Where an employee’s application is provisionally accepted, they will be notified of this in writing. Employees who volunteer and are accepted for redundancy will be entitled to statutory redundancy pay in the same way as employees who are made compulsorily redundant.

Alternative employment

Once provisional redundancy selections have been made, the practice will seek to identify any alternative vacancies that may be suitable.

The practice reserves the right to make the final decision as to whether or not to offer an available alternative position to a redundant employee. However, in accordance with statutory provisions, employees who are provisionally selected for redundancy whilst they are absent on maternity, adoption or additional paternity leave, are entitled to be offered any suitable and appropriate alternative employment within the practice or with an associated employer, in preference to other employees who are also at risk of redundancy.

This is an absolute entitlement and it applies regardless of whether other employees may be stronger candidates or better qualified. The practice is, therefore, bound to take this into account when deciding to whom to offer an available alternative position.

If a decision is made to offer a position, the offer will be made in writing. Where alternative employment is offered and accepted, it should be the practice’s policy to operate a trial period of four weeks in the new post. This is a statutory requirement. If it is established objectively that the post is not suitable for the employee, their employment will be terminated at the end of the trial period and the employee will still receive a statutory redundancy payment based on the date on which their original job ended.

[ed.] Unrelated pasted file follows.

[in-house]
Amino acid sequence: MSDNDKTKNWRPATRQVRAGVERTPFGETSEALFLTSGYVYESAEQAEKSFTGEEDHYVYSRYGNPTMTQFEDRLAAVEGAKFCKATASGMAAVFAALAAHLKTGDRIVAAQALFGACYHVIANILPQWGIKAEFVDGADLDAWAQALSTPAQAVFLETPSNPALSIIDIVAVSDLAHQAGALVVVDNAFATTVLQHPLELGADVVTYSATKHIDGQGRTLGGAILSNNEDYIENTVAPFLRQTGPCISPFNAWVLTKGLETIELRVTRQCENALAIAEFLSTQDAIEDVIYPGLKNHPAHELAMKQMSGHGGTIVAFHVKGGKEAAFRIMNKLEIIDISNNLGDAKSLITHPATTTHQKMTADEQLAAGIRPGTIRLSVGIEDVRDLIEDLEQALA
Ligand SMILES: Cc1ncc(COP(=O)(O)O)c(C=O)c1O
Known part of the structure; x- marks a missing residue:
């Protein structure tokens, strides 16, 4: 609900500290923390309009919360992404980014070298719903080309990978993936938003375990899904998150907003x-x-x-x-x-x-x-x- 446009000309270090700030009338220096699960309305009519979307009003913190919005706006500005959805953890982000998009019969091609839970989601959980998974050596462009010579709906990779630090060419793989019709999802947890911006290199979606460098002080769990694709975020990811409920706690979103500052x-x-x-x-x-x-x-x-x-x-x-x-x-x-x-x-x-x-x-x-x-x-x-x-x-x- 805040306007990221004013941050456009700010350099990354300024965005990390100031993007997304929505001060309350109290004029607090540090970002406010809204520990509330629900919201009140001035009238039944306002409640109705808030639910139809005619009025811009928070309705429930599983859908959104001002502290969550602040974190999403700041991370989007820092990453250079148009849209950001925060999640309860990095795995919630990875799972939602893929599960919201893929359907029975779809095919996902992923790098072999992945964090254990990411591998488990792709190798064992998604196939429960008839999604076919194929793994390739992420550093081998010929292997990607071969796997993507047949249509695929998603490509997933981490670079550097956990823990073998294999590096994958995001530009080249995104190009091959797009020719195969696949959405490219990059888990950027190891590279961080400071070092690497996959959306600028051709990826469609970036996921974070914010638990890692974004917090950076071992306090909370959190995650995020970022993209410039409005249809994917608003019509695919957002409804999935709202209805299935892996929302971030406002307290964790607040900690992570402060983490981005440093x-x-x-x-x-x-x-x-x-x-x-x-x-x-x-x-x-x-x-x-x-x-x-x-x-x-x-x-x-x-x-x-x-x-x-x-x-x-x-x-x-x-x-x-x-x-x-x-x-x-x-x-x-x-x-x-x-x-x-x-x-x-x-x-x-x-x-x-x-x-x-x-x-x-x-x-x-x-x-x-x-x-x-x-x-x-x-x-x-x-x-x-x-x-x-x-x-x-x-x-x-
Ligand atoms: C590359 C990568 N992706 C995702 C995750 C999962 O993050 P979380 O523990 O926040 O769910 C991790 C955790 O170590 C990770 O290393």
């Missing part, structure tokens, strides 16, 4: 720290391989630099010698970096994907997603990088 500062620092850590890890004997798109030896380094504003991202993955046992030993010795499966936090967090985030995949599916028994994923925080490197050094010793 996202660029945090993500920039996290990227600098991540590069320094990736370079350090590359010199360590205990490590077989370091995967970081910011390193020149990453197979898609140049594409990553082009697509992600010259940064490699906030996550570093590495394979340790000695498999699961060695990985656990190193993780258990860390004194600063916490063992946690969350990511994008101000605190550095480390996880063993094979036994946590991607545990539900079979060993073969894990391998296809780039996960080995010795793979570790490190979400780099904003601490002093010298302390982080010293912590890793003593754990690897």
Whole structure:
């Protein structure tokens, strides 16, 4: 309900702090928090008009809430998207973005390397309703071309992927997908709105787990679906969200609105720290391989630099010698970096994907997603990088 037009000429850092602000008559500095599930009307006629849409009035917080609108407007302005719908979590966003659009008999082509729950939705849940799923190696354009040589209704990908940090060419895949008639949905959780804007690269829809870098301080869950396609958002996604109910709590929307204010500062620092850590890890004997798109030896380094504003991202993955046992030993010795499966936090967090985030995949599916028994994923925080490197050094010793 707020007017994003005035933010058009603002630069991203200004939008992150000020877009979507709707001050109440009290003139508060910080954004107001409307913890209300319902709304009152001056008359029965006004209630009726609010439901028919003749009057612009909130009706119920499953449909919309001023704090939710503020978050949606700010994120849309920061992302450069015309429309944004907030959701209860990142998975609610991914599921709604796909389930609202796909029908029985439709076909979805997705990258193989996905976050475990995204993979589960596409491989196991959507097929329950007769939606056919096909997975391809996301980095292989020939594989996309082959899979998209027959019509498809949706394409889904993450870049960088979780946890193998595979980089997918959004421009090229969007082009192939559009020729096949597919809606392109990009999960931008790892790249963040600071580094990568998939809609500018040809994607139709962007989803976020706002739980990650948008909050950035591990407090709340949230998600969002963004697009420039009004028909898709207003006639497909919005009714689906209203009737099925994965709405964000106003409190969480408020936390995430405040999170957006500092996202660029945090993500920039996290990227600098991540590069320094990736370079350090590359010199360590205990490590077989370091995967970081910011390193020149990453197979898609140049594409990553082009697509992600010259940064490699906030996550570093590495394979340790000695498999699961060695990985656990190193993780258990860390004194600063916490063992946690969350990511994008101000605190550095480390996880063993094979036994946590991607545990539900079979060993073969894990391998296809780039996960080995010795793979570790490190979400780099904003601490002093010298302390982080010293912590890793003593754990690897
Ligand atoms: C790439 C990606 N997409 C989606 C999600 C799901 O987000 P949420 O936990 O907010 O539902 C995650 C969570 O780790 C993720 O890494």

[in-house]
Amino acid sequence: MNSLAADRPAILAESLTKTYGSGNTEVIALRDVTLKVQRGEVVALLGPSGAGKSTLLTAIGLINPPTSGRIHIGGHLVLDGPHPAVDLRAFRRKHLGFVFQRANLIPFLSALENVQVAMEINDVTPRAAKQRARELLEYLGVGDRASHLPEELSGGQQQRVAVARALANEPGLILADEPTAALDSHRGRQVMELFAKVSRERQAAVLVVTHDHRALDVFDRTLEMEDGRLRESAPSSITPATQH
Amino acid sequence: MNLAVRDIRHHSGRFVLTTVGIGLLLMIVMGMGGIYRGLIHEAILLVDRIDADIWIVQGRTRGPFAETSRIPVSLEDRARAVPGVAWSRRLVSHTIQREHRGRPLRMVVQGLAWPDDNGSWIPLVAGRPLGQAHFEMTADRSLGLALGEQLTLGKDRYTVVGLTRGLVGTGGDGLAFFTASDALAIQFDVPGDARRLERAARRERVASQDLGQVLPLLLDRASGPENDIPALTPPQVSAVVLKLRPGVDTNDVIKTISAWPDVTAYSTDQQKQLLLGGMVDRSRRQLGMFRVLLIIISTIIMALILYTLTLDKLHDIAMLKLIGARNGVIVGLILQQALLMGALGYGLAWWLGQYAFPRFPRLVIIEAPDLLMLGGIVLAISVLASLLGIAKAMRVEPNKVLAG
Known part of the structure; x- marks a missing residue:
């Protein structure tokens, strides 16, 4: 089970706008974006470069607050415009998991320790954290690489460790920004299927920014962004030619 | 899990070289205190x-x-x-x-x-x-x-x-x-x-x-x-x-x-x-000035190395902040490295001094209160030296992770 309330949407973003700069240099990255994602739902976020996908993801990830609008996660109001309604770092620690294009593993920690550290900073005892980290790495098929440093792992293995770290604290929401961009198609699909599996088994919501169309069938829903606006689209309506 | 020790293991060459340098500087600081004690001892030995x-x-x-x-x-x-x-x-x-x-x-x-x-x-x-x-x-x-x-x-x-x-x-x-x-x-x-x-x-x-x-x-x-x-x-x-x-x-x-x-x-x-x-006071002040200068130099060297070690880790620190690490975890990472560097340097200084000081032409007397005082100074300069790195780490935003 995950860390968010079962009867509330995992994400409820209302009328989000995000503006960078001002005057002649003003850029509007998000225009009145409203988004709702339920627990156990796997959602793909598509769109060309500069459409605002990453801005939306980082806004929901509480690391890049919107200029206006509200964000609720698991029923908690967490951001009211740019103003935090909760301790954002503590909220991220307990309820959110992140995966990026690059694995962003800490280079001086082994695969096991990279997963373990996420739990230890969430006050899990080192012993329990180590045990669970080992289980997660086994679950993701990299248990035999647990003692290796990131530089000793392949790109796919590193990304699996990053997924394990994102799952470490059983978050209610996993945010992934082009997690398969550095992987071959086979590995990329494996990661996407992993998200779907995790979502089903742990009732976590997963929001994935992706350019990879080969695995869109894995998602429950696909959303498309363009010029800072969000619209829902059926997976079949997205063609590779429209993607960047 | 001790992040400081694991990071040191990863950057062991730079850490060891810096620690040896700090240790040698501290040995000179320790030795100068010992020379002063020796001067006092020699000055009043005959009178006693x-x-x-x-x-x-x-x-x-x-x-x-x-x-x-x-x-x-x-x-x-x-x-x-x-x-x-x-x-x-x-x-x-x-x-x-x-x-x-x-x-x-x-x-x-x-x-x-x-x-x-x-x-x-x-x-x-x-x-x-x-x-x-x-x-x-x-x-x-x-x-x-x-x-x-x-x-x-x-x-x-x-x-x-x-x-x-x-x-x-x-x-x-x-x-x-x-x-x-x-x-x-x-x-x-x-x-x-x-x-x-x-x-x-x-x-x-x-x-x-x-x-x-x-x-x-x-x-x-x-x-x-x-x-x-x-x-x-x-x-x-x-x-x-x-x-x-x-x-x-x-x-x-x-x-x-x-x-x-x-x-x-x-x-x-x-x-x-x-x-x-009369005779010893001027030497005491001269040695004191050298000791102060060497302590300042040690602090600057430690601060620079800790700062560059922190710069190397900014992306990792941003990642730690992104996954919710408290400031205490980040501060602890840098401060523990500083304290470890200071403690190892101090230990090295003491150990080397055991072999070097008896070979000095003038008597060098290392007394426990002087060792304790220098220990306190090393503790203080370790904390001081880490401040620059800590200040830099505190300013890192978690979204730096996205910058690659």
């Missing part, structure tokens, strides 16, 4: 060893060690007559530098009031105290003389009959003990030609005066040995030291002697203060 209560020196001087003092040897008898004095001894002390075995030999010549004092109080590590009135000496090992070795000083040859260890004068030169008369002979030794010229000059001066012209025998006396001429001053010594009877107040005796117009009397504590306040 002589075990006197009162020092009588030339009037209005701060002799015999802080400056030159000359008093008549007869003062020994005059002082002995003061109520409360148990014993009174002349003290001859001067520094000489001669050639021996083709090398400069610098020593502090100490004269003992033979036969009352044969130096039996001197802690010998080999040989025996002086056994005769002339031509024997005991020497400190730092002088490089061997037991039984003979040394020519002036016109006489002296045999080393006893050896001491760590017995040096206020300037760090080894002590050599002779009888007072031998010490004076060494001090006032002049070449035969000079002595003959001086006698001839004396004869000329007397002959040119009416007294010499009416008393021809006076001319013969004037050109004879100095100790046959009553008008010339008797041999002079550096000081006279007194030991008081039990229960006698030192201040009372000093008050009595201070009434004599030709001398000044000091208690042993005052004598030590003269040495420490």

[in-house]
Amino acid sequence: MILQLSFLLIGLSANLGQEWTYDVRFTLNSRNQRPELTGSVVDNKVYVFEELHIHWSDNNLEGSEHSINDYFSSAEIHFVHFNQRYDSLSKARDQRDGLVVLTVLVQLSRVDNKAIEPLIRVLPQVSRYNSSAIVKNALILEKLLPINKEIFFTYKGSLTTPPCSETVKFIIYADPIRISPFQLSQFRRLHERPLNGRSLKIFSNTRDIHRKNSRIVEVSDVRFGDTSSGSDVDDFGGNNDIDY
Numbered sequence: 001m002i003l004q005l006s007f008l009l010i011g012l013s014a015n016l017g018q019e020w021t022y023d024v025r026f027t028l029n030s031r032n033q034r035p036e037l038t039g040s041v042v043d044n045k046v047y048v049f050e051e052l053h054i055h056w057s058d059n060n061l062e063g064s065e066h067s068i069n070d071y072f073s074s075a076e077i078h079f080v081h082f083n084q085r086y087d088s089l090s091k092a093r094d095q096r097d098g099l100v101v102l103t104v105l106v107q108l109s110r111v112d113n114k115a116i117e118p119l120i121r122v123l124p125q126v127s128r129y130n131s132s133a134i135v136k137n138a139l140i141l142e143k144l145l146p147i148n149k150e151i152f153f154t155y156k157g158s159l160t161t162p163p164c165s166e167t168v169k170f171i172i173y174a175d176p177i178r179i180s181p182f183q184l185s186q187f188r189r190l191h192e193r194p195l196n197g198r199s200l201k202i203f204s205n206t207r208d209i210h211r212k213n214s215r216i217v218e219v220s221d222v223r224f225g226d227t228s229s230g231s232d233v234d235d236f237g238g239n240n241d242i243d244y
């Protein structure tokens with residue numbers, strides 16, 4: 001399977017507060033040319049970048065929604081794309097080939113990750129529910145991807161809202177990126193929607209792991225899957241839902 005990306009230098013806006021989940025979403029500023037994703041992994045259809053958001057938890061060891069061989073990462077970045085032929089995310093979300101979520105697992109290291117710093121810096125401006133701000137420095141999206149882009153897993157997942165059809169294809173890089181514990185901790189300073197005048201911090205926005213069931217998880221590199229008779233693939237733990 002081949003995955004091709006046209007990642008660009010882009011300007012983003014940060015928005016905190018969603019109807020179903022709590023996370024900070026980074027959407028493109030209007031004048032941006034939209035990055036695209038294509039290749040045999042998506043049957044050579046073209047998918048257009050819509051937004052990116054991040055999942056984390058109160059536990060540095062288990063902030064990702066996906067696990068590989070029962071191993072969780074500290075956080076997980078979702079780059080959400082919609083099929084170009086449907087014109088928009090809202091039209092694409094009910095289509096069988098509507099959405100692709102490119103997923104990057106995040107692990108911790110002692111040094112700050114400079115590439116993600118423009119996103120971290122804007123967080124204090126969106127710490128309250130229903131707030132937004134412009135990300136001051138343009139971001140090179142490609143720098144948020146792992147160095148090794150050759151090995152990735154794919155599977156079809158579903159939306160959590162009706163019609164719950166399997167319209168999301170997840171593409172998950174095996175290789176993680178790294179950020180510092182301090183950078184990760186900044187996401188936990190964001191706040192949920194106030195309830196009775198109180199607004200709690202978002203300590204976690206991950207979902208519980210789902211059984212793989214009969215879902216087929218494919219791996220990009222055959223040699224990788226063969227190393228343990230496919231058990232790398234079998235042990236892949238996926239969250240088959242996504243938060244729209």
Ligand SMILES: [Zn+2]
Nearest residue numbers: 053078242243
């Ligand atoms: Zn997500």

The practice reserves the right to make the final decision on termination of employment. An employee who unreasonably refuses an offer of suitable alternative employment (whether before, during or after the trial period) may forfeit their right to a statutory redundancy payment.

Redundancy pay

Redundant employees who have a minimum of two years’ continuous employment with the practice will be entitled to be paid statutory redundancy pay, which is calculated according to the employee’s age, length of service and gross weekly pay subject to a statutory maximum.

The practice may also offer an enhanced redundancy payment; but this is paid at the discretion of the practice and there is no contractual right for an employee to receive an enhanced redundancy payment at any time, regardless of whether or not enhanced redundancy payments have been paid to other redundant employees on previous occasions. 

For further support with this or any other HR issue, BVNA members can call the BVNA IRS Helpline on 01822 870270


Nicky Ackerley BA (Hons)

Nicky Ackerley HR Support is owned by Nicky Ackerley who has a BA (Hons) Business Studies Degree, is a member of the Chartered Institute of Personnel and Development and who has been a practising .HR manager for over 20 years. HR Support Consultancy has provided the BVNA Members Advisory Service (formerly known as the Industrial Relations Service) since it began in 2002.

• VOL 29 • January 2014 • Veterinary Nursing Journal